After closing out the second day of proceedings across town at Regent’s Park yesterday, collectors and dealers flocked to Sotheby’s London for the first of the week’s Contemporary and Post-War Evening Sales. Held in conjunction with the cutting edge works on view at Frieze London this week, the sale at Sotheby’s seemed to offer something of a moment of reflection for the contemporary market, looking back at some of the masters of the 20th Century, while also offering buyers a chance to bring them home.
Yet a vigorous test was not in the cards this evening at the auction house, as a quiet, sluggish sale achieved a final tally of £47,105,250 on its 42 lots. The sale saw five works going unsold, not to mention a series of pieces withdrawn in the early moments of the evening’s offerings. In addition, few buyers seemed adventurous to test the evening’s auction estimates much beyond its high ends. With the exception of a Christopher Wool piece later in the sale, and a Josef Albers early on, few works ventured far outside their previously posted figures.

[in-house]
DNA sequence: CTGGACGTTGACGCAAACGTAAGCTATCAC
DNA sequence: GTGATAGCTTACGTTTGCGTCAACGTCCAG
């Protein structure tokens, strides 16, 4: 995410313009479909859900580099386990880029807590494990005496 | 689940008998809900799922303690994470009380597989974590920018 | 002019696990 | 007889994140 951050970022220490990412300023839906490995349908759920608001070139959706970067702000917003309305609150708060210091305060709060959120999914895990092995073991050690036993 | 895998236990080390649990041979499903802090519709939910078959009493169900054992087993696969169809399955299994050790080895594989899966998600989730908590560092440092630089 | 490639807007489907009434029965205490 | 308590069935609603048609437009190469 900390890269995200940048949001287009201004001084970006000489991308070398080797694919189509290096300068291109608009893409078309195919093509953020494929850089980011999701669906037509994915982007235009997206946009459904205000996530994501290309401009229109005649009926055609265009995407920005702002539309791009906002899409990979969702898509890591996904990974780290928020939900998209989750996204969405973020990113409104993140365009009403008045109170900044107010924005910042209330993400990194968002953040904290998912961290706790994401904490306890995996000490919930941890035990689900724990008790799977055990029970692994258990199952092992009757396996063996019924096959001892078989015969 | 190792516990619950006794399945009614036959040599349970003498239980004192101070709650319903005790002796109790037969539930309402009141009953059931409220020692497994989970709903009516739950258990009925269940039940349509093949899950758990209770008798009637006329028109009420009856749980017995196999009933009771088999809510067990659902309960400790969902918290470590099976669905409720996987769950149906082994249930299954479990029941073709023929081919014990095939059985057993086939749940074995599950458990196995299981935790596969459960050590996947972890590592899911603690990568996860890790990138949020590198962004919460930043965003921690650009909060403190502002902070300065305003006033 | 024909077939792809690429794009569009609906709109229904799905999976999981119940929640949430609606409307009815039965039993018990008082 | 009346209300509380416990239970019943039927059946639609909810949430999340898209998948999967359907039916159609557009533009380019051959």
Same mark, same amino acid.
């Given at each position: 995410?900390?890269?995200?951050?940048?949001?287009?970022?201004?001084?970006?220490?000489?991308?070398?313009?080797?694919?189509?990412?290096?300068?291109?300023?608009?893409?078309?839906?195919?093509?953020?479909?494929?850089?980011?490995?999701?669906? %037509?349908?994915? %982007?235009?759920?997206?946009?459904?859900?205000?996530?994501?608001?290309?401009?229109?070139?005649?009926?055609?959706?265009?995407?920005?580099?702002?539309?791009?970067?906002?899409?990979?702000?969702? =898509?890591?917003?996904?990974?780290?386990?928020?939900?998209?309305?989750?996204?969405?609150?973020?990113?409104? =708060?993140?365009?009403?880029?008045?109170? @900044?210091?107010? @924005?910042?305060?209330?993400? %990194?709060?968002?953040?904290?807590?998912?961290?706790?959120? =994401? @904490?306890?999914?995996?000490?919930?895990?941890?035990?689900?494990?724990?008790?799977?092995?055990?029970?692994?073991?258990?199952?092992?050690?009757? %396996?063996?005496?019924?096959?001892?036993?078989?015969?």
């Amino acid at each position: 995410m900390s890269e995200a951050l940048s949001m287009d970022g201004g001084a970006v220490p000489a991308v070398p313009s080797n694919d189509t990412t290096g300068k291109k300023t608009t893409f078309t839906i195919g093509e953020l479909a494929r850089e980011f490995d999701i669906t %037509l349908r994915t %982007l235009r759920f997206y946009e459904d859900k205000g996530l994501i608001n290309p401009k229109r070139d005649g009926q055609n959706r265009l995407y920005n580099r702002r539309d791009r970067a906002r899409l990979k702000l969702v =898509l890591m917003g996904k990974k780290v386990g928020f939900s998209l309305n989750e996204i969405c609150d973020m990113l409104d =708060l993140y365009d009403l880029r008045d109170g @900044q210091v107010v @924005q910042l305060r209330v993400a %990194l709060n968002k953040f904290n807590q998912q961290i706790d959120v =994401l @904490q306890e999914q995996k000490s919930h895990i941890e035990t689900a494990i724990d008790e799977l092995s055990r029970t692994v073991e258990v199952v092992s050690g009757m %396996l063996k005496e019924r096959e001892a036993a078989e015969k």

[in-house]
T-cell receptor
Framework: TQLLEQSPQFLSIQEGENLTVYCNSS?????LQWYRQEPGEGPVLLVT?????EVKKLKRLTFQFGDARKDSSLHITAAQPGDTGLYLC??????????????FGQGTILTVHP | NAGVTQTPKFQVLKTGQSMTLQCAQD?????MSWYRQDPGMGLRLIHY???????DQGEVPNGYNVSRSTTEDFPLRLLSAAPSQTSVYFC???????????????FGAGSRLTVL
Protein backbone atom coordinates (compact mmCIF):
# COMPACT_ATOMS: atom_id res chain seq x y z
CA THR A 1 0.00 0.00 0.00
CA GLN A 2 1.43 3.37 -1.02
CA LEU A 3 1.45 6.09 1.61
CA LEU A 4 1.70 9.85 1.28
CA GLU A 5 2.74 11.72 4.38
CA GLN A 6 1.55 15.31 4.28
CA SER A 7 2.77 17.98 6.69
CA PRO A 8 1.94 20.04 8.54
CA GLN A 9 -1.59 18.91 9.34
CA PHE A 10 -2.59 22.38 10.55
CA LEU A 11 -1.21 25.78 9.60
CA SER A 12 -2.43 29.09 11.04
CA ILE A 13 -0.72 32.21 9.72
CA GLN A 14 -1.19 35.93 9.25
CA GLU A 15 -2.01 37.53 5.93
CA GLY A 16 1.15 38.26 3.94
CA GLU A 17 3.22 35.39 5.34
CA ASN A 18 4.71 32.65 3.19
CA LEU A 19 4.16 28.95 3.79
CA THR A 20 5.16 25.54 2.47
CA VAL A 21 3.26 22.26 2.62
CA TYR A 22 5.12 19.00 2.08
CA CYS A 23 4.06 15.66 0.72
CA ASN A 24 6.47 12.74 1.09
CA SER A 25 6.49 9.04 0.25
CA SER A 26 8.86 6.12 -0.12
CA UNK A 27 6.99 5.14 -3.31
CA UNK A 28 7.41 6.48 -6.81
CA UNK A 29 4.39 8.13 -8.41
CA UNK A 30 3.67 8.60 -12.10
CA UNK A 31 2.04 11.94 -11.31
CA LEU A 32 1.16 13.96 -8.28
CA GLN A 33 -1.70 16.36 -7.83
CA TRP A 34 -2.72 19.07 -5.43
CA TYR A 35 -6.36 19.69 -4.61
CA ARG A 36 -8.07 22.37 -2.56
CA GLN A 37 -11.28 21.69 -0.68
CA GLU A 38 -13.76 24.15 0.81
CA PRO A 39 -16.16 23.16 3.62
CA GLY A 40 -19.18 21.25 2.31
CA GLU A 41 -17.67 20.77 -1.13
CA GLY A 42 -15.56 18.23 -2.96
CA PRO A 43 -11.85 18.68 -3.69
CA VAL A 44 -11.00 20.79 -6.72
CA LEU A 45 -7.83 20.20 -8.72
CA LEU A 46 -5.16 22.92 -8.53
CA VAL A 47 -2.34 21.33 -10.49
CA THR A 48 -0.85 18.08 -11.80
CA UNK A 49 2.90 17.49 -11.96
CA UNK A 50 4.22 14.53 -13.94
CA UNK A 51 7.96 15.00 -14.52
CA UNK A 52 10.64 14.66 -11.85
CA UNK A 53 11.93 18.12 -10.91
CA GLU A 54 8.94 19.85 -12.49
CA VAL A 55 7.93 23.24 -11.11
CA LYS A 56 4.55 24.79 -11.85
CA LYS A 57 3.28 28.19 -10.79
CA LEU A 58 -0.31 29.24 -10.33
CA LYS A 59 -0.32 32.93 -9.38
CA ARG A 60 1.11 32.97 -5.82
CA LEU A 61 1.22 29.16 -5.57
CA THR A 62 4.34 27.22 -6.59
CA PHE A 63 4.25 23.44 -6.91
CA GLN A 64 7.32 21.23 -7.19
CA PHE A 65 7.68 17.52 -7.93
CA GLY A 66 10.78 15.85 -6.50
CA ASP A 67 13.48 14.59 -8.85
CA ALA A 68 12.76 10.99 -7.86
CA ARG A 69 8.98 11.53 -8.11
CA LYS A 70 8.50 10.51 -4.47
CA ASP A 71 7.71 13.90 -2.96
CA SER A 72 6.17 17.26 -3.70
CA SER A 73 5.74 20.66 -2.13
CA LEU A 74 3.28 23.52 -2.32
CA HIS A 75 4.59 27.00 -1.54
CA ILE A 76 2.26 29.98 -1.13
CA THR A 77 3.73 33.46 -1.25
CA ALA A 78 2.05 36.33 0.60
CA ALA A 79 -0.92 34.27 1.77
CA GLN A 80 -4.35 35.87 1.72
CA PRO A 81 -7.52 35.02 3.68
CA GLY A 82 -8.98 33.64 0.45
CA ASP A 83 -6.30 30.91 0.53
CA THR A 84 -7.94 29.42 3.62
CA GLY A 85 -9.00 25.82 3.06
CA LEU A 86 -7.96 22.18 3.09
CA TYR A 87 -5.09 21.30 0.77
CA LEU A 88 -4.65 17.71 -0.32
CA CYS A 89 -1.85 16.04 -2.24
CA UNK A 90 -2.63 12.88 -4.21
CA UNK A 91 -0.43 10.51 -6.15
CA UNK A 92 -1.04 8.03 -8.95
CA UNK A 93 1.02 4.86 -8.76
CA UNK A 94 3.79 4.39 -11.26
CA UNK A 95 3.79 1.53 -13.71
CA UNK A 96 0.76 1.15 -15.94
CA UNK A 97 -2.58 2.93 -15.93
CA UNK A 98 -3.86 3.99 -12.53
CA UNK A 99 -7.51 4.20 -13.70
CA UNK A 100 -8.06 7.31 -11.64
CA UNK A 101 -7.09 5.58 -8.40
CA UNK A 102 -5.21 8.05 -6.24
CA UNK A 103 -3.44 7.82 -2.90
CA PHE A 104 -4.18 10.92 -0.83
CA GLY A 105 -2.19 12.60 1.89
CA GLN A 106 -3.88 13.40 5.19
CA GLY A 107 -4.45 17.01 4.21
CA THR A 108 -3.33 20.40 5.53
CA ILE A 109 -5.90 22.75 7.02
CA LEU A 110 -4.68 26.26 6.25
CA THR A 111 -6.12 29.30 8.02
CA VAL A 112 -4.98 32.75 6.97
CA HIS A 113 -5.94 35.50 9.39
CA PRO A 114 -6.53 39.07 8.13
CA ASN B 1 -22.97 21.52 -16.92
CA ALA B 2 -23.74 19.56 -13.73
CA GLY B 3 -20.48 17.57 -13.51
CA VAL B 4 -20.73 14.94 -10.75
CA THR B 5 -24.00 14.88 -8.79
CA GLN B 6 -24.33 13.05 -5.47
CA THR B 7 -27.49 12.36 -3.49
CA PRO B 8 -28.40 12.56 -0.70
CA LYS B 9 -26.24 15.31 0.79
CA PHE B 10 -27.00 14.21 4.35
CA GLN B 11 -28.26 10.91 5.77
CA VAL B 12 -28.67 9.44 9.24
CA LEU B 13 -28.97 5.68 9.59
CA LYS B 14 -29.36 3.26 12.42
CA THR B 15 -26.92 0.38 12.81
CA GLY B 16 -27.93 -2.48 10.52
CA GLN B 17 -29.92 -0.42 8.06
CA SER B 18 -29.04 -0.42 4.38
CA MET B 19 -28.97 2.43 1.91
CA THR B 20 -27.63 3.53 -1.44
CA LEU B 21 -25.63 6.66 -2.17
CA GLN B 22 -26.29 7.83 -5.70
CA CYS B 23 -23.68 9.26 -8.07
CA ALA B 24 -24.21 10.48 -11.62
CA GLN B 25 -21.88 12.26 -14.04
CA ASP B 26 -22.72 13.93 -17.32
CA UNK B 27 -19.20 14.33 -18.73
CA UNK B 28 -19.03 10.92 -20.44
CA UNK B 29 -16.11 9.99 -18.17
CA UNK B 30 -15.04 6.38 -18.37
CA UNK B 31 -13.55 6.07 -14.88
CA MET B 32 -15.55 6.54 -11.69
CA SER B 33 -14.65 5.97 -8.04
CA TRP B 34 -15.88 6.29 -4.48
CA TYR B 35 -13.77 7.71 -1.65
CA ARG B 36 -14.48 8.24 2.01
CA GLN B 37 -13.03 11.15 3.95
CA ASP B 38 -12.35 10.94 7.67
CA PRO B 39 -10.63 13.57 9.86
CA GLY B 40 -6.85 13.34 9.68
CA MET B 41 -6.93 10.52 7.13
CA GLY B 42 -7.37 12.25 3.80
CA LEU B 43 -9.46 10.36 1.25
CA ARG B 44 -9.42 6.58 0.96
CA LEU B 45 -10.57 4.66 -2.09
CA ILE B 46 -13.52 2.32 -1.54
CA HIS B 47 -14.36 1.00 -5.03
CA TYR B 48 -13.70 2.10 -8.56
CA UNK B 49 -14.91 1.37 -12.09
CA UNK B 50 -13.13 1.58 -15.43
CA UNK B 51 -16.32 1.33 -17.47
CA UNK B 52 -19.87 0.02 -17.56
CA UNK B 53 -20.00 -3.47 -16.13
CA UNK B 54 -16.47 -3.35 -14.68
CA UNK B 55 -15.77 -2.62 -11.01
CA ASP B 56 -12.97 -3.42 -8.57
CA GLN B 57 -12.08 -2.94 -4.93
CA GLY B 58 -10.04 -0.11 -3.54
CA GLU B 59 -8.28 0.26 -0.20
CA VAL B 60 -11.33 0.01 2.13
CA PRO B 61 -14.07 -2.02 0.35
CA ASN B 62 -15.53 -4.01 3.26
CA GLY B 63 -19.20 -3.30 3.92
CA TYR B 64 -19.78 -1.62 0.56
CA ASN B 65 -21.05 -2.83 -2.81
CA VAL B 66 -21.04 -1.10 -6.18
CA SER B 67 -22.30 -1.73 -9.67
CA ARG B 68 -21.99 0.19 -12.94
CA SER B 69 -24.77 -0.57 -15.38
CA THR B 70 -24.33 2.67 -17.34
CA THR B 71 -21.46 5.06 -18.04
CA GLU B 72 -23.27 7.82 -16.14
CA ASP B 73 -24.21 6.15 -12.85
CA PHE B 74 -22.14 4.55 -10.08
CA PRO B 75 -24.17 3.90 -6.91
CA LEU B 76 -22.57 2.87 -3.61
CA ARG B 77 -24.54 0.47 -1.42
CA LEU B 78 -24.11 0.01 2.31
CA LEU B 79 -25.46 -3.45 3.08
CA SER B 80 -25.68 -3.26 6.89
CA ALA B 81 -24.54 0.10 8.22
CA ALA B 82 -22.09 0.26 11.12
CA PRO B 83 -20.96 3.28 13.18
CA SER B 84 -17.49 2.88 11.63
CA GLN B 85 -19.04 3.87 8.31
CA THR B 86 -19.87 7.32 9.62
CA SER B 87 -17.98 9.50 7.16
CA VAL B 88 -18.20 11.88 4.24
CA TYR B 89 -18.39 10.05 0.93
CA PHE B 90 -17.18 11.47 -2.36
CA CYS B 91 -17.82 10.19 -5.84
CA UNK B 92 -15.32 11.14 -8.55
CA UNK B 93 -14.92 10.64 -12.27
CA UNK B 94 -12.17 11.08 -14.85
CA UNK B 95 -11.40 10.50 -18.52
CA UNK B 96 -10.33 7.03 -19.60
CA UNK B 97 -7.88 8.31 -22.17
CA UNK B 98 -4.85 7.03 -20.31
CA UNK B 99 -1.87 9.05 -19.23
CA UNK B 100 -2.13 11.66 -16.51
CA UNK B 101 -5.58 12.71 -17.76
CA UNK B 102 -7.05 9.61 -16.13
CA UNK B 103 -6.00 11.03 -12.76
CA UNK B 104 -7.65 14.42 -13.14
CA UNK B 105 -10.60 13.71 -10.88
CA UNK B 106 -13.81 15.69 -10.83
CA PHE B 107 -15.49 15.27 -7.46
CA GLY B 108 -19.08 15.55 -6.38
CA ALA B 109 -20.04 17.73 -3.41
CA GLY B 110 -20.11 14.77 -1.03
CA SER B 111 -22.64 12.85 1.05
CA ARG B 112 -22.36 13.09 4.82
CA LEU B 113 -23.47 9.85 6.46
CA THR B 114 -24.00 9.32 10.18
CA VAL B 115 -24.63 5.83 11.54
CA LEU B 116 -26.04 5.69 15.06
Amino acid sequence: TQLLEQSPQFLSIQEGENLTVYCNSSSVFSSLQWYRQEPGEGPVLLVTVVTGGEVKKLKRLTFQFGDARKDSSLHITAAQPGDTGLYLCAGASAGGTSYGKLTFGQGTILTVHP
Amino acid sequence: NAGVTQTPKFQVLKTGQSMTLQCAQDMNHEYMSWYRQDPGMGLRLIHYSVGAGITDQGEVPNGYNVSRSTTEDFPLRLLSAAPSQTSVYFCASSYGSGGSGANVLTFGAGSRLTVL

That didn’t stop the sale from achieving some strong figures, however. A David Hockney multi-panel depiction of the Grand Canyon was one of the evening’s winners, topping estimates to finish at a final price of £6,008,750, while the aforementioned works by Wool and Albers both doubled estimate to the tune of £1,568,750 and £2,288,750, respectively. A 1969 work by Gerhard Richter also doubled estimates, bringing a final price of £2,521,250.
Another of the sale’s premiere lots, a Cy Twombly composition, was the highest selling lot of the evening, yet only reached £6,402,500, squarely within its estimated range. Conversely, a Jean-Michel Basquiat piece that received lead billing in the run-up to the sale saw tepid interest, and ultimately fell by the wayside, unable to attract a buyer. Other passes came from a stark Rudolf Stingel piece, as well as a Carol Rama composition, which also failed to sell.
The sales continue tomorrow with a back to back pair of sales at Phillips and Christies.
— D. Creahan